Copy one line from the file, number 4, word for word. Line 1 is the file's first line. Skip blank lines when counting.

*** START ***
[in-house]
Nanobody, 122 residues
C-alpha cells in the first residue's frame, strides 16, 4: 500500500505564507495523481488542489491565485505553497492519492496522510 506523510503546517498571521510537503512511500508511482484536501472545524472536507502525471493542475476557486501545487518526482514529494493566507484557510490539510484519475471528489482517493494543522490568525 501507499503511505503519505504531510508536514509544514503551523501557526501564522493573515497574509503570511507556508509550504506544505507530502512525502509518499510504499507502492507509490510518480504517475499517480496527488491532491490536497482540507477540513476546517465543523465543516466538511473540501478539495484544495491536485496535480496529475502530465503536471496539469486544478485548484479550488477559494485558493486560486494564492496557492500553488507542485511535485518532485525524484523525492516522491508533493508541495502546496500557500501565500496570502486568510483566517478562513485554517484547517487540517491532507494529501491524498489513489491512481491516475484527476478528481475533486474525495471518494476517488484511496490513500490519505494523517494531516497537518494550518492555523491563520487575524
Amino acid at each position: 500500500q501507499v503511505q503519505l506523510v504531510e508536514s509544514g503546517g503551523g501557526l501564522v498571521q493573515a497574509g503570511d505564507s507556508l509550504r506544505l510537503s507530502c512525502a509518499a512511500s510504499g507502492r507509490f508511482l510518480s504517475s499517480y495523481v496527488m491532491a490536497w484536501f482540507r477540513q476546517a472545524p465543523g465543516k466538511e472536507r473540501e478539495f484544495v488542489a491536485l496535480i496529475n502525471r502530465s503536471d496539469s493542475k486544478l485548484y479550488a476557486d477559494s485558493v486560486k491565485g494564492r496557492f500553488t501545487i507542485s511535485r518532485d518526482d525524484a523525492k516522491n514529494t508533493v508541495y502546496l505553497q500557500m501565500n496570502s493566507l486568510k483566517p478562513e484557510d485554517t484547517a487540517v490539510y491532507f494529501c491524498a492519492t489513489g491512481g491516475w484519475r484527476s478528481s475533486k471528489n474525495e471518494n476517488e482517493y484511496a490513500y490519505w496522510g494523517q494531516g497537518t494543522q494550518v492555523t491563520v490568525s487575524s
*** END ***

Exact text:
Amino acid at each position: 500500500q501507499v503511505q503519505l506523510v504531510e508536514s509544514g503546517g503551523g501557526l501564522v498571521q493573515a497574509g503570511d505564507s507556508l509550504r506544505l510537503s507530502c512525502a509518499a512511500s510504499g507502492r507509490f508511482l510518480s504517475s499517480y495523481v496527488m491532491a490536497w484536501f482540507r477540513q476546517a472545524p465543523g465543516k466538511e472536507r473540501e478539495f484544495v488542489a491536485l496535480i496529475n502525471r502530465s503536471d496539469s493542475k486544478l485548484y479550488a476557486d477559494s485558493v486560486k491565485g494564492r496557492f500553488t501545487i507542485s511535485r518532485d518526482d525524484a523525492k516522491n514529494t508533493v508541495y502546496l505553497q500557500m501565500n496570502s493566507l486568510k483566517p478562513e484557510d485554517t484547517a487540517v490539510y491532507f494529501c491524498a492519492t489513489g491512481g491516475w484519475r484527476s478528481s475533486k471528489n474525495e471518494n476517488e482517493y484511496a490513500y490519505w496522510g494523517q494531516g497537518t494543522q494550518v492555523t491563520v490568525s487575524s